• Andrew Arnesen February 18, 2014 at 7:46 pm - Reply

      Cannabis actually helps people with alcoholism… It causes them to consume less to feel the same effect, pass out earlier, helps with ameliorating hang-overs as well as re-generation of the damaged cells in the brain, liver, kidneys, etc.

      I have also heard said that many of the hallucinogens (of which cannabis is a member) have, along with supportive psychological assistance, the potential to cure alcoholism completely. Seems that after a really mind-expanding LSD trip one starts to see alcohol differently and as totally irrelevant… Oh, and terminal patients fed LSD also lose their fear of death entirely…

      I know this may be a bit off topic so just saying. But many parts of the world are re-examining hallucinogens, particularly as there is no known hallucinogen that is physically dependence producing: a distinction that seems relevant to the DC’s case. Other, harmful drugs, such as cocaine and heroin as well as nicotine, modify the metabolic pathways of the individual user. That is why they suffer terrible withdrawal symptoms as their body is forced to re-alter the pathways back to where they were. That is what I would term ‘physical dependency’. There is also ‘psychological dependancy’ but that, in terms of changing it, is the same as a bad gambling swearing habit and can be changed by positive, mindful replacement. The same is true of cannabis because it does not modify bio-chemical pathways in the human body. The opposite is true actually, as it has recently been discovered that the body has an endo-cannabinoid system and that in the human brain there are cannabinoid specific receptors. Cannabis taken in externally bolsters this system and acts in a supportive and regenerative role in many cellular level activities.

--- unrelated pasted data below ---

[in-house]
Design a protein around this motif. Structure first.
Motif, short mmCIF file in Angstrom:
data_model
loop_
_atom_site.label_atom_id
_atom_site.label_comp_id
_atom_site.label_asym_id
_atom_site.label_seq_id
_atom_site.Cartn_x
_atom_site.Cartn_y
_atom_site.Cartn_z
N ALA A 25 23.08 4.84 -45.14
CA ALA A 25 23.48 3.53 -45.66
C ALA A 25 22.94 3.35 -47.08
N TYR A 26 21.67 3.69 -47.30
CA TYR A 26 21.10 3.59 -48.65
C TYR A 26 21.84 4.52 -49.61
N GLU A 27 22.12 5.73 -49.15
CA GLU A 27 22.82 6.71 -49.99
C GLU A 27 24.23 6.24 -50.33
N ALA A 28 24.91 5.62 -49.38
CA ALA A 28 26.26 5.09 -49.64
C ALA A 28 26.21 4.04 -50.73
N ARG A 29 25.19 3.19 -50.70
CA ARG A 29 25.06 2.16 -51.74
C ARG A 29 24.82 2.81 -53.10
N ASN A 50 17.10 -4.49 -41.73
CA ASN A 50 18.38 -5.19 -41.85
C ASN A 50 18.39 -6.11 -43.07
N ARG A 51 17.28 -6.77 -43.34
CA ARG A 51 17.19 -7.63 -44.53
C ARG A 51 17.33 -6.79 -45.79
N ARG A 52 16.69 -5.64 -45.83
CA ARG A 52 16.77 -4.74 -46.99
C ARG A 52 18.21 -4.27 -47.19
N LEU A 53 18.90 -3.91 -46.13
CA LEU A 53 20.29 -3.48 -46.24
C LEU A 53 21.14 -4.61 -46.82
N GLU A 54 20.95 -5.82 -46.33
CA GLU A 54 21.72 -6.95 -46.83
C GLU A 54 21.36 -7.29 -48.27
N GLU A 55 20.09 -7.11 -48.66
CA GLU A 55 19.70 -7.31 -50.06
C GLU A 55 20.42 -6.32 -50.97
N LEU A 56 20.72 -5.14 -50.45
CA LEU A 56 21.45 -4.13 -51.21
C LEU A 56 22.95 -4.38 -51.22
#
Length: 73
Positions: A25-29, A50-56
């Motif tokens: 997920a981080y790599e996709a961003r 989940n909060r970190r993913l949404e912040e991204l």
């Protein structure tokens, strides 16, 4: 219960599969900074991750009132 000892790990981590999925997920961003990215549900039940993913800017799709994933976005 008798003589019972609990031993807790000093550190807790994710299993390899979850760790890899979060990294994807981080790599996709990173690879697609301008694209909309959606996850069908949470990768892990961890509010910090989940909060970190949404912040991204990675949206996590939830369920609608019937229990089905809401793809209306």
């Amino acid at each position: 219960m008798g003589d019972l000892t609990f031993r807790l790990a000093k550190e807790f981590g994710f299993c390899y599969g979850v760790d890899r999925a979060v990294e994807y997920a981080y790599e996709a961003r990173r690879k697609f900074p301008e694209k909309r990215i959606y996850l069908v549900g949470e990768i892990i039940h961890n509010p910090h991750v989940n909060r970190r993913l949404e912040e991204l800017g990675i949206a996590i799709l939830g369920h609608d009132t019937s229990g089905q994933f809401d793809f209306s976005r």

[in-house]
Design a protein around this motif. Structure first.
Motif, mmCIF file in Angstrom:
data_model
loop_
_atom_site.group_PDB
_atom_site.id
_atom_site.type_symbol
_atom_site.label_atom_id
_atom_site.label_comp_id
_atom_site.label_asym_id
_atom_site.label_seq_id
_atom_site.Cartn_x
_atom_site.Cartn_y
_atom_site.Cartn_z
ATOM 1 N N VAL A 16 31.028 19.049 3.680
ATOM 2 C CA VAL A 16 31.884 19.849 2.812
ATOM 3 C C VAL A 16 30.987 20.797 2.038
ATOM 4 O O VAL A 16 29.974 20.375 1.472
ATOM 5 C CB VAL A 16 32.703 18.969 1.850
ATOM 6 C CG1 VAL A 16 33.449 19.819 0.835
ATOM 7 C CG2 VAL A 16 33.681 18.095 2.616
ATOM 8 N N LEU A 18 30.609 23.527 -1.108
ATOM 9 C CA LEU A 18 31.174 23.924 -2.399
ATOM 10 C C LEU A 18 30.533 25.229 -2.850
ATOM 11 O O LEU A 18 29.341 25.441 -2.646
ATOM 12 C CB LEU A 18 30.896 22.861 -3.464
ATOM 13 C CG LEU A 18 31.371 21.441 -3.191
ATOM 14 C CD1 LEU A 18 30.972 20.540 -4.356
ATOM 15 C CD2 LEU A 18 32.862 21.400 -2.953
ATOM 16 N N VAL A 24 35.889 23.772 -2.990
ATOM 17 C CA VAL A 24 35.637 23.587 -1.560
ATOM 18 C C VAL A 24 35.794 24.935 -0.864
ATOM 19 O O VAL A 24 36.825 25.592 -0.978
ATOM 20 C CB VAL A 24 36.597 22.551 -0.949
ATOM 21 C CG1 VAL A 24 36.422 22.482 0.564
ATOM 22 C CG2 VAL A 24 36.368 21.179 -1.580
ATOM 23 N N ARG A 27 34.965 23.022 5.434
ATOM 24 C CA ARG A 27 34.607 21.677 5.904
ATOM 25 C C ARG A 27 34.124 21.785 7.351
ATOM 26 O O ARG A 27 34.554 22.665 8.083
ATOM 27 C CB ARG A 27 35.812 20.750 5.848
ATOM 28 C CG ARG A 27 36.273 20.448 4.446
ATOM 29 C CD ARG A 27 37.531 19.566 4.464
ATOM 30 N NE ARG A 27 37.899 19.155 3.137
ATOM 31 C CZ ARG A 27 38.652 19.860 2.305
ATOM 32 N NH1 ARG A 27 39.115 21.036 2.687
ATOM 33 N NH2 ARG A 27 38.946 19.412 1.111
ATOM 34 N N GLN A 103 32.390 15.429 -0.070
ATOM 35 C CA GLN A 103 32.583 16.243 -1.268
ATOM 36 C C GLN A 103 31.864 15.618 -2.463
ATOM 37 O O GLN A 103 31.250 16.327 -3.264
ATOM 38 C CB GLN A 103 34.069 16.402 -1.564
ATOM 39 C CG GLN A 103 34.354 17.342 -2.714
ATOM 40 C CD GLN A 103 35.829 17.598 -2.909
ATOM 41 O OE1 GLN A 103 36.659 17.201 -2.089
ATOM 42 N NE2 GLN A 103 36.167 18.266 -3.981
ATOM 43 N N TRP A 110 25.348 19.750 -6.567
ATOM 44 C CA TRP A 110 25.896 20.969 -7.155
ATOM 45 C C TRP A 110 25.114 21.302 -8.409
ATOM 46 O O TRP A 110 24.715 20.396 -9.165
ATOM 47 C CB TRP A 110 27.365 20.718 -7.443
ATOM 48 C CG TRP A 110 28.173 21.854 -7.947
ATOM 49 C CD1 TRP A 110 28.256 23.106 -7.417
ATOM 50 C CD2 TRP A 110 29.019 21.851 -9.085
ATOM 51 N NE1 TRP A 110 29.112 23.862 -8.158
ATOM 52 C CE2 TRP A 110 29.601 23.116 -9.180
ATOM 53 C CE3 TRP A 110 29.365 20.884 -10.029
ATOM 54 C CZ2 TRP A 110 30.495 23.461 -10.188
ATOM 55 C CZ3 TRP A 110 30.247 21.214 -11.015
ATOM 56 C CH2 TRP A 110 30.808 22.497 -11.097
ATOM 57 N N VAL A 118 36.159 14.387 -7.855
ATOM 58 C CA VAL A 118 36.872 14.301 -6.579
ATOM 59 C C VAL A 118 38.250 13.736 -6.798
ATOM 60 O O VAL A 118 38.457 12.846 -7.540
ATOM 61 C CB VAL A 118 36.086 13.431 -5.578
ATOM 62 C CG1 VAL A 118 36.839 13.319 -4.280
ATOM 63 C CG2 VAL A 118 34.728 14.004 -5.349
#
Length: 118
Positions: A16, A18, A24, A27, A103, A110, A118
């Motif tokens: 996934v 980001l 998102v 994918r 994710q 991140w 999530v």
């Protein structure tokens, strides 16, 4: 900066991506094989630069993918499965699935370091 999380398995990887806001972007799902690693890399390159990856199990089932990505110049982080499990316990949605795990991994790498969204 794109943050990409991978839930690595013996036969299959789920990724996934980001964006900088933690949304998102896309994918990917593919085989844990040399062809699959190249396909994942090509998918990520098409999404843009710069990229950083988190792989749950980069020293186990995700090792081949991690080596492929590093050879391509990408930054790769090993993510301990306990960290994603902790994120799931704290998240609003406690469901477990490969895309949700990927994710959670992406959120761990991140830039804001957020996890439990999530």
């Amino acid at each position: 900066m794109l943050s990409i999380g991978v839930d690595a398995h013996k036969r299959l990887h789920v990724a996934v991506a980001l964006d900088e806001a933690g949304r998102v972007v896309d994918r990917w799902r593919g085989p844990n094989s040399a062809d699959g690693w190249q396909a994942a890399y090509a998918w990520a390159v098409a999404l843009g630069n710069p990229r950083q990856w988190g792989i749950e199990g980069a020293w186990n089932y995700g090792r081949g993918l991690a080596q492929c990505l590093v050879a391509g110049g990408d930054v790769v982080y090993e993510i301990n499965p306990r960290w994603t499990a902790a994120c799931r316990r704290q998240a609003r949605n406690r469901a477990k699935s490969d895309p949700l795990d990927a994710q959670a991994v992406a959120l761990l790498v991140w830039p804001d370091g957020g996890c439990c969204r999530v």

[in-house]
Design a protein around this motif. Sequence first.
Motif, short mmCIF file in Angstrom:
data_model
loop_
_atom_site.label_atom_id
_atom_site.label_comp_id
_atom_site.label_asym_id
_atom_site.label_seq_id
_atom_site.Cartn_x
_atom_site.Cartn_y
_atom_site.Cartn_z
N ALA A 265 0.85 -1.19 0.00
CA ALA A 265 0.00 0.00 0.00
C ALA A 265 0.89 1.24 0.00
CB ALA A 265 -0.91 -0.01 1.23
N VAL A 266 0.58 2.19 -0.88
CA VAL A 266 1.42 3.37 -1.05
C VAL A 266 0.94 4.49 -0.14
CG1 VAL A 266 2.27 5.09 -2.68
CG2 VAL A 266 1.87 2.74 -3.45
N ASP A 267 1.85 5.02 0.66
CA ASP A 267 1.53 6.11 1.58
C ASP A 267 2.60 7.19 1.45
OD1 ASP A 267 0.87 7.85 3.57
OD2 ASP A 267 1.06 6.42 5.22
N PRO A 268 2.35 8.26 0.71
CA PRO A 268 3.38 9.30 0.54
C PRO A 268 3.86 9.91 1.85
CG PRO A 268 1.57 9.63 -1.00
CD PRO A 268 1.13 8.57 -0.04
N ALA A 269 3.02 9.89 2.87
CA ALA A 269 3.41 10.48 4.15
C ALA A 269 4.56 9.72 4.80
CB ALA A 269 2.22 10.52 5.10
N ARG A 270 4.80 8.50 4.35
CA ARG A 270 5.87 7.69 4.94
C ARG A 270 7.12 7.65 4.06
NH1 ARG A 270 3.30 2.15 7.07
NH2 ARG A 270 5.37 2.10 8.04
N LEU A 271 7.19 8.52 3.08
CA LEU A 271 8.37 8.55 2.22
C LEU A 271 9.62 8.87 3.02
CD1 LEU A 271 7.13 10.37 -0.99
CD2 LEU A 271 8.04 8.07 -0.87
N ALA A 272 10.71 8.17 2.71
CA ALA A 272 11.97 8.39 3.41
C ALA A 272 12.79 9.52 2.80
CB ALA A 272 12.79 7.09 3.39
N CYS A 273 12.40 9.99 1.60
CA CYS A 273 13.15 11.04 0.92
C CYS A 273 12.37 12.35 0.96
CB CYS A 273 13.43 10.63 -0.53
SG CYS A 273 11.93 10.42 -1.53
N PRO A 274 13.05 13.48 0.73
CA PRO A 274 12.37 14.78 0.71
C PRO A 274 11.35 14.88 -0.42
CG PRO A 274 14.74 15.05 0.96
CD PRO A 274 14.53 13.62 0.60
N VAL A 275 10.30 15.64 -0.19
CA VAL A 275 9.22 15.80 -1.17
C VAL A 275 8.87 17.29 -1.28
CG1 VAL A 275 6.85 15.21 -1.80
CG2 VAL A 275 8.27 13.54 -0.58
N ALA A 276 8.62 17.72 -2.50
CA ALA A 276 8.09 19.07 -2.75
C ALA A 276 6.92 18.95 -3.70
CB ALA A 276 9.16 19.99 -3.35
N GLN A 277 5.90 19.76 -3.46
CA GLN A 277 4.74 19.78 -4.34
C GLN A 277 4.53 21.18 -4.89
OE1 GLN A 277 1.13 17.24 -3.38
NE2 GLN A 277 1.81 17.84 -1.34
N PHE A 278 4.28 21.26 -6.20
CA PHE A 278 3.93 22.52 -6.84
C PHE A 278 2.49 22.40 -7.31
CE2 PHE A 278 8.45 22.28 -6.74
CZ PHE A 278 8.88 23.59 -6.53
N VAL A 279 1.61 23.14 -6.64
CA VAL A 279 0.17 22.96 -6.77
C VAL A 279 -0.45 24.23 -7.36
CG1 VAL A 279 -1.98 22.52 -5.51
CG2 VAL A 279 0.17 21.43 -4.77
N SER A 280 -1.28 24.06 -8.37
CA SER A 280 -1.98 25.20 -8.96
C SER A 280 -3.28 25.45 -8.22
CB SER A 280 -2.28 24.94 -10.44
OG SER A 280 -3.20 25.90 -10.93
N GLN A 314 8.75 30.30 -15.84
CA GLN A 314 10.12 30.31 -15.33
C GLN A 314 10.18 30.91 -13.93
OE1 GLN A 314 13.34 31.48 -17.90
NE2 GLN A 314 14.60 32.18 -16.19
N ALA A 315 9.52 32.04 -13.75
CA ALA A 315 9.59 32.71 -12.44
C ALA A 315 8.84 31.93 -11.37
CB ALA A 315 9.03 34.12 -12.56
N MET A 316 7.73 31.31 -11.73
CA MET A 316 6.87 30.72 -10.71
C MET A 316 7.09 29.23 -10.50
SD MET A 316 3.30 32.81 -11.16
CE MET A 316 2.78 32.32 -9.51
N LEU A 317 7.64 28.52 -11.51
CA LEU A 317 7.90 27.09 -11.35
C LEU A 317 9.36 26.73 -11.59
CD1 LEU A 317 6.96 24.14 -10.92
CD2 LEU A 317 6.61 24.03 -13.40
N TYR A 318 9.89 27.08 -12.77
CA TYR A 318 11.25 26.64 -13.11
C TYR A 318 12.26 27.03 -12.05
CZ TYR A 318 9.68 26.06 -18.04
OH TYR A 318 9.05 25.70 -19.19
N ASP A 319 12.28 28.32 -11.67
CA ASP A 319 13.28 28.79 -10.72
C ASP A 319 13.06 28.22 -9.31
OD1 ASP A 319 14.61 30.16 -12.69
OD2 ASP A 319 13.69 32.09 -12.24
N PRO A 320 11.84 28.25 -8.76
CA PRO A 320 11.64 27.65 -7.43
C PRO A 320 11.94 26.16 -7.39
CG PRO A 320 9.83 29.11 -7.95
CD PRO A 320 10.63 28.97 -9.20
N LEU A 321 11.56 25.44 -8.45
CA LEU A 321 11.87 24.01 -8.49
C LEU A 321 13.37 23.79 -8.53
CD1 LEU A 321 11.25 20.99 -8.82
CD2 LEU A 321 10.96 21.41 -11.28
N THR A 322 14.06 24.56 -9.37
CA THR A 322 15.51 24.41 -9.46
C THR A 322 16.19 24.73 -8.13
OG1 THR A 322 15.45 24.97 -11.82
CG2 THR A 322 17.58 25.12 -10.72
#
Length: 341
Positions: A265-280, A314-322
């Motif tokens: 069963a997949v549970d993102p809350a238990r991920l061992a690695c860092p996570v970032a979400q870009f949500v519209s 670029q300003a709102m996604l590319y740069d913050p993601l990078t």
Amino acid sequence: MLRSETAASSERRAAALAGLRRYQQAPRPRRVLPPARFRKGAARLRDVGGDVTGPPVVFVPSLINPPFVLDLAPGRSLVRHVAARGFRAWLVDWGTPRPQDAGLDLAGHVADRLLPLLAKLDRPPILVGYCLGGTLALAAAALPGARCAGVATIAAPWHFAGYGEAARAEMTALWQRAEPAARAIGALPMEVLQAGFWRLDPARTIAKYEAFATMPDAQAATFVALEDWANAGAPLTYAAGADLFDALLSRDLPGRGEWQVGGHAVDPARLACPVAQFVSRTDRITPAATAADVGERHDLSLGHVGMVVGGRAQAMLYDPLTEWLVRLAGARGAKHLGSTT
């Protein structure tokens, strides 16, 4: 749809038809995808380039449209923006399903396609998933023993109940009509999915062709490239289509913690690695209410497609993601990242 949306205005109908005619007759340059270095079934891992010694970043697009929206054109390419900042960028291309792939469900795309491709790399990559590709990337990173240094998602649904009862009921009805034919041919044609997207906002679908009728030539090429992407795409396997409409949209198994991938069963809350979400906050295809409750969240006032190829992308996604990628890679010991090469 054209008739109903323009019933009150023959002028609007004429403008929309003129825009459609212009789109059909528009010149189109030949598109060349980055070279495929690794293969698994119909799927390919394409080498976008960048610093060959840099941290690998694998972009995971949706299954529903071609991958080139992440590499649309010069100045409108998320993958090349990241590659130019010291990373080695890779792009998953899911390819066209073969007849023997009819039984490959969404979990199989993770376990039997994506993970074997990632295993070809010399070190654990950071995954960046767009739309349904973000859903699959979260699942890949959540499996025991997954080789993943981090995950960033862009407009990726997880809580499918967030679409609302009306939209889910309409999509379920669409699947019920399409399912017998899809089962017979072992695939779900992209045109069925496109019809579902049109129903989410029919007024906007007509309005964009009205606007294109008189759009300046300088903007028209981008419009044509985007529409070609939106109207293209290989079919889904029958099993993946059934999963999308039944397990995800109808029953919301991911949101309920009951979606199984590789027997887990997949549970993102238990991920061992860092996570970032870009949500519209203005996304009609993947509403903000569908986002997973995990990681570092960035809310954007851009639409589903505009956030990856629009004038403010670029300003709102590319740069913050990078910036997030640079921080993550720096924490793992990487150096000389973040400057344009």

If the loony, medical, tea-cup-type-denialist characters want proof, I would be happy to dig it out. Oh, and incidentally, cannabis is widely accepted by biblical scholars to be an ingredient of the holy anointing oil as described in… Exodus?? Pardon, bit rusty there…

      I hope that I can be of assistance to anyone out there with cannabis ‘problems’- I have been a scholar and a user for many years and have studied an immense volume of information relating to cannabis.

      The Green Will Reign Supreme!

  2. Wayne_ March 9, 2013 at 12:58 am - Reply

    I strongly agree, that SA should legalise Marijuana for recreational use. I am currently doing my honours degree in econometrics, and want to do my thesis with a side line view of what are the economic prospects for SA in terms of econometric analysis. I believe this – as it is in-deed a huge trend spoken about, and with recent legalisation in California – I think South Africa needs to look to America and why they legaliised it in California ect. As a result, by November 2013. I will have relevant econometric analyses, needed to viably support the economic benefits from legallising the the plant. Holding thumbs that the group gets even further with their progress, will keep you guys posted on the thesis. :’)

  3. Irba January 24, 2013 at 10:47 am - Reply

    I am a 50 year old, white, Afrikaans, male who smoked (take note, I stopped 3-4 years ago) marijuana on a daily basis, I work for a very prestigious company, hold a highly qualified position and work primarily with professionals.